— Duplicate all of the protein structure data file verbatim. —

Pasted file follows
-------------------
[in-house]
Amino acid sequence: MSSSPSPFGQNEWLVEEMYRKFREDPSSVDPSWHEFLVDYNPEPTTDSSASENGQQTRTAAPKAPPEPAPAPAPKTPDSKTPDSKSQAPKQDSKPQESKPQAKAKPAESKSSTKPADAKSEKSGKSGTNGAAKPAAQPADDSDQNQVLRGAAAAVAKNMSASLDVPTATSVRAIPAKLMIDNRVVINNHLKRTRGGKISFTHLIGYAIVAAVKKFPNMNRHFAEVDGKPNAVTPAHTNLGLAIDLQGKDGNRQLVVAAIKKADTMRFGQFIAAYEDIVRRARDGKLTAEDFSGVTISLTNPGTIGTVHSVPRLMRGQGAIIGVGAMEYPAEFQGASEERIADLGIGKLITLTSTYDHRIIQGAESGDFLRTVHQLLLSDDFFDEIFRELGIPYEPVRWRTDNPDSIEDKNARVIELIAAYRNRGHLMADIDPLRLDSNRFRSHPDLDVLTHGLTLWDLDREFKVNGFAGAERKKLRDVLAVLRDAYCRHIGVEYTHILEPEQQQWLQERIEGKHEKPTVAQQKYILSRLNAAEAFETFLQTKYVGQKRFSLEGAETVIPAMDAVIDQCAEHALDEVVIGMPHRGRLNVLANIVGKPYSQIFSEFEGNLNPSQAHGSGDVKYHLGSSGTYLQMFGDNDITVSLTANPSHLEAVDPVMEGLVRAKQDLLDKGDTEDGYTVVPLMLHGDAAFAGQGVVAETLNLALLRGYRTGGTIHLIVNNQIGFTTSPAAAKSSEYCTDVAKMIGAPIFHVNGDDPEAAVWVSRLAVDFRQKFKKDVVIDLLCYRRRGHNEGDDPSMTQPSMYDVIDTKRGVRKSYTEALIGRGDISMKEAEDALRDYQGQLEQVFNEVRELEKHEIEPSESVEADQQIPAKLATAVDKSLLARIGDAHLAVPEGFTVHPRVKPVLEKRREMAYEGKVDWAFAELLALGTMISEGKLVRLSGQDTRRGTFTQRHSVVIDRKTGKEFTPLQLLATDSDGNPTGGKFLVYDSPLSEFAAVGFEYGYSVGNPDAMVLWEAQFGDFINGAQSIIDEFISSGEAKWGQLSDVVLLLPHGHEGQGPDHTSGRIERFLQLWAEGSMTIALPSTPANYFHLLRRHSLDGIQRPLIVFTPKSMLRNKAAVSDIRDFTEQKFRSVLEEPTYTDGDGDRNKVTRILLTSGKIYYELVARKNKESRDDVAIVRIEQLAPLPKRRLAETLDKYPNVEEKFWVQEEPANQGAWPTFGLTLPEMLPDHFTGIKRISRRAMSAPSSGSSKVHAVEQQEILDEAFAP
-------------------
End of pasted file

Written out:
[in-house]
Amino acid sequence: MSSSPSPFGQNEWLVEEMYRKFREDPSSVDPSWHEFLVDYNPEPTTDSSASENGQQTRTAAPKAPPEPAPAPAPKTPDSKTPDSKSQAPKQDSKPQESKPQAKAKPAESKSSTKPADAKSEKSGKSGTNGAAKPAAQPADDSDQNQVLRGAAAAVAKNMSASLDVPTATSVRAIPAKLMIDNRVVINNHLKRTRGGKISFTHLIGYAIVAAVKKFPNMNRHFAEVDGKPNAVTPAHTNLGLAIDLQGKDGNRQLVVAAIKKADTMRFGQFIAAYEDIVRRARDGKLTAEDFSGVTISLTNPGTIGTVHSVPRLMRGQGAIIGVGAMEYPAEFQGASEERIADLGIGKLITLTSTYDHRIIQGAESGDFLRTVHQLLLSDDFFDEIFRELGIPYEPVRWRTDNPDSIEDKNARVIELIAAYRNRGHLMADIDPLRLDSNRFRSHPDLDVLTHGLTLWDLDREFKVNGFAGAERKKLRDVLAVLRDAYCRHIGVEYTHILEPEQQQWLQERIEGKHEKPTVAQQKYILSRLNAAEAFETFLQTKYVGQKRFSLEGAETVIPAMDAVIDQCAEHALDEVVIGMPHRGRLNVLANIVGKPYSQIFSEFEGNLNPSQAHGSGDVKYHLGSSGTYLQMFGDNDITVSLTANPSHLEAVDPVMEGLVRAKQDLLDKGDTEDGYTVVPLMLHGDAAFAGQGVVAETLNLALLRGYRTGGTIHLIVNNQIGFTTSPAAAKSSEYCTDVAKMIGAPIFHVNGDDPEAAVWVSRLAVDFRQKFKKDVVIDLLCYRRRGHNEGDDPSMTQPSMYDVIDTKRGVRKSYTEALIGRGDISMKEAEDALRDYQGQLEQVFNEVRELEKHEIEPSESVEADQQIPAKLATAVDKSLLARIGDAHLAVPEGFTVHPRVKPVLEKRREMAYEGKVDWAFAELLALGTMISEGKLVRLSGQDTRRGTFTQRHSVVIDRKTGKEFTPLQLLATDSDGNPTGGKFLVYDSPLSEFAAVGFEYGYSVGNPDAMVLWEAQFGDFINGAQSIIDEFISSGEAKWGQLSDVVLLLPHGHEGQGPDHTSGRIERFLQLWAEGSMTIALPSTPANYFHLLRRHSLDGIQRPLIVFTPKSMLRNKAAVSDIRDFTEQKFRSVLEEPTYTDGDGDRNKVTRILLTSGKIYYELVARKNKESRDDVAIVRIEQLAPLPKRRLAETLDKYPNVEEKFWVQEEPANQGAWPTFGLTLPEMLPDHFTGIKRISRRAMSAPSSGSSKVHAVEQQEILDEAFAP